As a gold standard, Sanger sequencing provides 99.99% accuracy and is the most commonly used sequencing method although NGS has dominated in the research field and is routinely used in many clinical labs. However, the limit in sensitivity has restricted the use of Sanger sequencing in some clinical diagnostics, such as companion diagnostics. In these cases, real-time PCR and derivatives are mainly used and recently the targeted NGS panels are also approved by the FDA for different cancer targeted therapy.
Sanger sequencing has great potential as a tool for companion diagnostics
If its sensitivity can be significantly improved, Sanger sequencing can be used in companion diagnostics as a powerful tool. Sanger sequencing is standardized and is widely available in standard clinical genomic labs. It does not require special training and bioinformatics expertise. The technique is still a good choice for detection of a single or a few mutations with short turn-around time and cost-effectiveness.
Recently, using our own Sanger sequencing reagents, we have validated the BRAF V600E-enrichment coupled Sanger sequencing method that is based on the XNA technique developed by DiaCarta. The mutation enrichment coupled Sanger sequencing, without adding any experimental steps, allows the Sanger sequencing’s sensitivity to reach 0.04% variant allele frequency (VAF) for BRAF V600E mutation. This is a significant improvement in sensitivity compared to the standard Sanger sequencing method (15 to 20% VAF) and other mutation-enriching methods reported (5%). With this sensitivity, the low frequency rare mutations with clinical significance can be easily identified and targeted therapy decisions can be correctly made with high confidence.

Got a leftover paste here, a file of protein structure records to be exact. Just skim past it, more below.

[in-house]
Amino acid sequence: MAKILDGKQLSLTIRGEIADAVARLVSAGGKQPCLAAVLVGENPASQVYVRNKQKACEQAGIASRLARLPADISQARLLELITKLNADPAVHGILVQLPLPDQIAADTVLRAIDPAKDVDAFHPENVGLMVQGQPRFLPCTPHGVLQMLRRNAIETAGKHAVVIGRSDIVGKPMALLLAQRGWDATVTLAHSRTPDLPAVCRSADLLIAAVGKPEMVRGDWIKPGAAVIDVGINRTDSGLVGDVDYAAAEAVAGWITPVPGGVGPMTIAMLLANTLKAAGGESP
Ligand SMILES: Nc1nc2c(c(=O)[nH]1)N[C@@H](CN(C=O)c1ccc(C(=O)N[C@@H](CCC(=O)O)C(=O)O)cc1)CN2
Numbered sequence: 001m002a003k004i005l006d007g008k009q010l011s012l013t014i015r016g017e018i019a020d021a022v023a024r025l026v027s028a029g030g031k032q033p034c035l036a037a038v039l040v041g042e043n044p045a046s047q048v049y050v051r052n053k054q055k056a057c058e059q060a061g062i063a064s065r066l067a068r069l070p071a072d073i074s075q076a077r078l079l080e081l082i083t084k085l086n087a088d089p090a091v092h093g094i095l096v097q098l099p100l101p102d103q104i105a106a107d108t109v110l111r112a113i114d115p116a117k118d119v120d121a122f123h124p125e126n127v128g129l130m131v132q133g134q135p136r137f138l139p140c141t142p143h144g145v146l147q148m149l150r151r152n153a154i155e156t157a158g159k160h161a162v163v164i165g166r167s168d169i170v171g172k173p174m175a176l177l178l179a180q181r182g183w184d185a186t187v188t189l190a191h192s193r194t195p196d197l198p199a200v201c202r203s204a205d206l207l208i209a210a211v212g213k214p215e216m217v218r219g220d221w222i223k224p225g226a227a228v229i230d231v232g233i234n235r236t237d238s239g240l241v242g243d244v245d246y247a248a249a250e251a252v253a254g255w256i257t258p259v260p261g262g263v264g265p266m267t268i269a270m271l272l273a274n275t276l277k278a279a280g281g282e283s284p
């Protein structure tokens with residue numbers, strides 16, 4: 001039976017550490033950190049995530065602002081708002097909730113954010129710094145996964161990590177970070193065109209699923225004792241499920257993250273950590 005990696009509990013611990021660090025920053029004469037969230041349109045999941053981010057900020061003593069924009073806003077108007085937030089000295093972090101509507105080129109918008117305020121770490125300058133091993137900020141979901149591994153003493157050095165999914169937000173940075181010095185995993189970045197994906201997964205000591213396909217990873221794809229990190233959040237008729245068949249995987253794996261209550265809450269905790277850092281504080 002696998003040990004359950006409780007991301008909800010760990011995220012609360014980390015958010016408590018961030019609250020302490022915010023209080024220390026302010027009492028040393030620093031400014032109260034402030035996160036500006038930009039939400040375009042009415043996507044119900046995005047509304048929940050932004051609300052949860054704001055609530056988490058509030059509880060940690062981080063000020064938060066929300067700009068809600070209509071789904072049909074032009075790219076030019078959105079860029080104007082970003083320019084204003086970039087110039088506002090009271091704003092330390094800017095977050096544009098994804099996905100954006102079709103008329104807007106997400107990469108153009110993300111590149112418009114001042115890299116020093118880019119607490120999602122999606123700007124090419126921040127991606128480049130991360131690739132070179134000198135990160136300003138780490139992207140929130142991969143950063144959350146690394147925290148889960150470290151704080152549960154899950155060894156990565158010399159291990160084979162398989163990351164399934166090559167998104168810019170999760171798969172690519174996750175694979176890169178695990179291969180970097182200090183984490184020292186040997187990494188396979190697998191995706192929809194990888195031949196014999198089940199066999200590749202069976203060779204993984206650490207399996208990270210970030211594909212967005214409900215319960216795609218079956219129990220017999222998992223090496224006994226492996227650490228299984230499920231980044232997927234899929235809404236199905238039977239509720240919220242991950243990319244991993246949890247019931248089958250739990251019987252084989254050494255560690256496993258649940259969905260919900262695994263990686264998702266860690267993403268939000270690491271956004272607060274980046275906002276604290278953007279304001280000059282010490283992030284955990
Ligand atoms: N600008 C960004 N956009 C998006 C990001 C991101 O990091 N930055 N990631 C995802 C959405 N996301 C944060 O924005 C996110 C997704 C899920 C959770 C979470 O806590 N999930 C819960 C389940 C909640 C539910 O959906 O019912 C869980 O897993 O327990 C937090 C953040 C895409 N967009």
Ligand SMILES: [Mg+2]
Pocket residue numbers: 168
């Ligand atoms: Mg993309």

Mutation enrichment coupled Sanger sequencing vs. PCR and NGS
Compared with prevalent qPCR and recently developed droplet digital PCR (ddPCR), the sensitivity of mutation enrichment coupled Sanger sequencing is good enough for detection of low-frequency mutations. It is better than regular qPCR assays (1% or so VAF), but not as as good as ddPCR (0.001% VAF). However, these PCR methods can only identify the existence of the mutations, but not the nature of the mutation. That means, it does not tell for sure if the mutation is BRAF V600E, or V600K, or V600R, for instance. Knowing the nature of these mutations is important as these mutations have different effect on clinical prognosis for the patients.
NGS panels have recently gained traction among modern molecular diagnostics and two of the targeted NGS panels have been approved by the FDA for BRAF mutation detection. However, they are better for complicated cancers with multiple mutations. For caners like melanoma where BRAF V600E as a dominant disease causative agent, targeted NGS panels are not only more time-consuming, but also more costly. In this case, BRAF V600 enrichment coupled Sanger sequencing is a better choice because it is simple, fast and easy to use if the method is validated in clinical labs.
If you are interested in adapting mutation enrichment coupled Sanger sequencing assays in your clinical lab, consider using our cost-effective Sanger sequencing reagents as we have validated the BRAF V600 enrichment coupled Sanger sequencing protocol using our own reagents, including the Exo-Alp PCR Cleanup Mix, SupreDyeCylce Sequencing Kit and SupreDye XT Purification Kit. You can also read our application note on the detailed protocol.